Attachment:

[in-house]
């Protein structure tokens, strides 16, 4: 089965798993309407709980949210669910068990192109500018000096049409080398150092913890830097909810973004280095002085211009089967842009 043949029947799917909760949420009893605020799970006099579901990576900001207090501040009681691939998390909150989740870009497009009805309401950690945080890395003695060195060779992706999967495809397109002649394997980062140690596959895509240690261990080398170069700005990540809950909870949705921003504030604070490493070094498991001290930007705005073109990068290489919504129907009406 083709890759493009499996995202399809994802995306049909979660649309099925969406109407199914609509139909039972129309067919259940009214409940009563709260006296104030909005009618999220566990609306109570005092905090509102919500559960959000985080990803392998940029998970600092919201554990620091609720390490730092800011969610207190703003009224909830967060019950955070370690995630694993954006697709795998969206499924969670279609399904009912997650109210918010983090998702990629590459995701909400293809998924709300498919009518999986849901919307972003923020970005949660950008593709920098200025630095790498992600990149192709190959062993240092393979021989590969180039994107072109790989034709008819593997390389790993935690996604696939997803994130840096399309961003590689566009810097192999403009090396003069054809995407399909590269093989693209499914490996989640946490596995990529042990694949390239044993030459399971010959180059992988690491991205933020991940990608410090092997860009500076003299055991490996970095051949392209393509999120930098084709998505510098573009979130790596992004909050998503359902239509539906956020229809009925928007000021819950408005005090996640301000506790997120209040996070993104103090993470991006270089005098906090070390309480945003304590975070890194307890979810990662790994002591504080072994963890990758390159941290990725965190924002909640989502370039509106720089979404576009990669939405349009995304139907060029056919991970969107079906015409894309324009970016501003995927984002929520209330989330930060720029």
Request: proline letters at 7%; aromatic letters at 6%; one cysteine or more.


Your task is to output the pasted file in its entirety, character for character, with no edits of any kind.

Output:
[in-house]
């Protein structure tokens, strides 16, 4: 089965798993309407709980949210669910068990192109500018000096049409080398150092913890830097909810973004280095002085211009089967842009 043949029947799917909760949420009893605020799970006099579901990576900001207090501040009681691939998390909150989740870009497009009805309401950690945080890395003695060195060779992706999967495809397109002649394997980062140690596959895509240690261990080398170069700005990540809950909870949705921003504030604070490493070094498991001290930007705005073109990068290489919504129907009406 083709890759493009499996995202399809994802995306049909979660649309099925969406109407199914609509139909039972129309067919259940009214409940009563709260006296104030909005009618999220566990609306109570005092905090509102919500559960959000985080990803392998940029998970600092919201554990620091609720390490730092800011969610207190703003009224909830967060019950955070370690995630694993954006697709795998969206499924969670279609399904009912997650109210918010983090998702990629590459995701909400293809998924709300498919009518999986849901919307972003923020970005949660950008593709920098200025630095790498992600990149192709190959062993240092393979021989590969180039994107072109790989034709008819593997390389790993935690996604696939997803994130840096399309961003590689566009810097192999403009090396003069054809995407399909590269093989693209499914490996989640946490596995990529042990694949390239044993030459399971010959180059992988690491991205933020991940990608410090092997860009500076003299055991490996970095051949392209393509999120930098084709998505510098573009979130790596992004909050998503359902239509539906956020229809009925928007000021819950408005005090996640301000506790997120209040996070993104103090993470991006270089005098906090070390309480945003304590975070890194307890979810990662790994002591504080072994963890990758390159941290990725965190924002909640989502370039509106720089979404576009990669939405349009995304139907060029056919991970969107079906015409894309324009970016501003995927984002929520209330989330930060720029």
Request: proline letters at 7%; aromatic letters at 6%; one cysteine or more.